The Serbian application: Can and will Europe cope with the coming of the Balkans?

, by Pieter de Jaegher

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The Serbian application: Can and will Europe cope with the coming of the Balkans?

With the Serbian application for EU membership submitted on 22 December 2009 a new step towards enlargement of the European Union was made. One could see this even as a giant step, not only for Europe but for the Balkan countries as well. However, several issues could arise with this rather controversial application and the probable accession of Serbia in the future.

First of all, the good news. The application of Serbia will usher the Balkans into the 21st century and in Europe, which could be seen as a safe haven for this part of the continent. After the bloody wars during the nineties in which Serbia played a crucial role, it’s remarkable and admirable that the country has reached political and economic maturity after the 9 years that followed the end of the Milosevic-era. Once again this shows the extraordinary radiance the EU has on its neighbours and its influential soft power which can be seen as a proof that the European integration is still a peace project.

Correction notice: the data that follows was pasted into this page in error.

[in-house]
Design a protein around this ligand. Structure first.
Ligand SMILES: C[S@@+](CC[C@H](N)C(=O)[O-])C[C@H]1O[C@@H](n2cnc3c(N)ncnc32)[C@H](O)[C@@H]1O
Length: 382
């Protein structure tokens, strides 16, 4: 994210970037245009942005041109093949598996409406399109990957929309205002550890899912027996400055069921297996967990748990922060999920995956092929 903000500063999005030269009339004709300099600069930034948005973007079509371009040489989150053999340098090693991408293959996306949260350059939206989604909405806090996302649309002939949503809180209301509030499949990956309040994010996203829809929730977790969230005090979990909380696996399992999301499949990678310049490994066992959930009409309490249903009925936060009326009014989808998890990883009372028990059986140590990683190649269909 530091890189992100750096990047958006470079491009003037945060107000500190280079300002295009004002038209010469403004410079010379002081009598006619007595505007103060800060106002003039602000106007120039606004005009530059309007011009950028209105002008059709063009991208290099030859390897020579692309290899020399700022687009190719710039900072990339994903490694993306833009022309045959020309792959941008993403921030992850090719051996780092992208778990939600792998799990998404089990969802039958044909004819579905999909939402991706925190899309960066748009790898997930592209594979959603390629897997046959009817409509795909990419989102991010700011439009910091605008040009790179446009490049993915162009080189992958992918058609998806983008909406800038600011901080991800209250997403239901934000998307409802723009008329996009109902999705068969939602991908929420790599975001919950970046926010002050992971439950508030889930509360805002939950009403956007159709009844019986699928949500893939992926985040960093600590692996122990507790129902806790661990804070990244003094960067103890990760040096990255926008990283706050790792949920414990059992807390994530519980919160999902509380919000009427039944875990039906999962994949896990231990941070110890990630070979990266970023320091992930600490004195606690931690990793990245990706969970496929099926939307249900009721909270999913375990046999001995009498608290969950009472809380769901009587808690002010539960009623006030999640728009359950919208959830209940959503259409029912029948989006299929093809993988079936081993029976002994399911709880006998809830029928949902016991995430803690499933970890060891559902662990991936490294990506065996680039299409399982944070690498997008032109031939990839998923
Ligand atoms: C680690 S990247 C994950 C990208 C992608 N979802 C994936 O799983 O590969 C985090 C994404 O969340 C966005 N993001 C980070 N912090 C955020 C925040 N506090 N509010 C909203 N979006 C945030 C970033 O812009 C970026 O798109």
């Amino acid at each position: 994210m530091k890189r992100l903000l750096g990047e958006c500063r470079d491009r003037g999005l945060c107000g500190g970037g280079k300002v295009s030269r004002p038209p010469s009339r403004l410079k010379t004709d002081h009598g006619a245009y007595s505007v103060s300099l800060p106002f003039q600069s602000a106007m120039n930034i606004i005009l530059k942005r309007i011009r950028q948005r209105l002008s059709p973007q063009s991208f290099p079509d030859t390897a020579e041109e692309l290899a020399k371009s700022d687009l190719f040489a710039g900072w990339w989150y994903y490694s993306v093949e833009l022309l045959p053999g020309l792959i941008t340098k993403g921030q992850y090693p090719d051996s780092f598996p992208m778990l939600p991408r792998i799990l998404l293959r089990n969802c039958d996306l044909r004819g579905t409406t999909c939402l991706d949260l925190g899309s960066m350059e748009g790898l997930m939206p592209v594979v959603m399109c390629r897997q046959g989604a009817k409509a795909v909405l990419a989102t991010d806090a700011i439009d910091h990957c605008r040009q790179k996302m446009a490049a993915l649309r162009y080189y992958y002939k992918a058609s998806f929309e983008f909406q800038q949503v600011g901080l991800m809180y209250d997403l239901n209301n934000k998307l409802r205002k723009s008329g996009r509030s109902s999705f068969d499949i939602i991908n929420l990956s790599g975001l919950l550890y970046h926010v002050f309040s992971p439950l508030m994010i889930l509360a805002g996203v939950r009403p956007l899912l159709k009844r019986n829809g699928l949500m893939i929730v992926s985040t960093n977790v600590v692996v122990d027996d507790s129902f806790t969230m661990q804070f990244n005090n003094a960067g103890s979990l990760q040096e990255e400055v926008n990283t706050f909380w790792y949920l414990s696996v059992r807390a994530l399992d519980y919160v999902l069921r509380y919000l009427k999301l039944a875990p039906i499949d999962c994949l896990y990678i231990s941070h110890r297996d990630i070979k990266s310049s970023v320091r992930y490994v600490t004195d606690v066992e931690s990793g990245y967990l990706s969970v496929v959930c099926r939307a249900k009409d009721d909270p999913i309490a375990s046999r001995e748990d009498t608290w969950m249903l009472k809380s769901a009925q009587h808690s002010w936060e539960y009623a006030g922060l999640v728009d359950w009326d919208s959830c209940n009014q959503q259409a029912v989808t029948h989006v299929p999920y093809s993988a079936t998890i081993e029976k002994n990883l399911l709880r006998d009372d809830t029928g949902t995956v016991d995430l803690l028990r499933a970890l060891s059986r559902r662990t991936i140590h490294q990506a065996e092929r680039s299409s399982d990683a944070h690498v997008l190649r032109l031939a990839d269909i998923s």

Peace indeed, because it’s not only Serbia that has submitted its application for EU membership. Other Balkan countries have done this as well. Croatia and the Former Yugoslav Republic of Macedonia (FYROM) have already the status of candidate countries. Albania, Bosnia and Herzegovina, Montenegro and Kosovo have all signed a Stabilisation and Association Agreement with the EU and are potential candidates. Slovenia was the first Balkan country to become a member state in 2004, and has already adopted the Euro in the meantime. The European Union has thus a major reconciliatory role to play in the Balkans. This is a huge responsibility and sign of maturity for the EU as well, after it failed to intervene in the Balkan wars during the nineties. The EU failed then, but it mustn’t fail now. The perspective of an EU membership is a way to reconcile the several parties that fought in the war, and to reconcile Europe with its brutal and bloody past.

The European Union has a major reconciliatory role to play in the Balkans.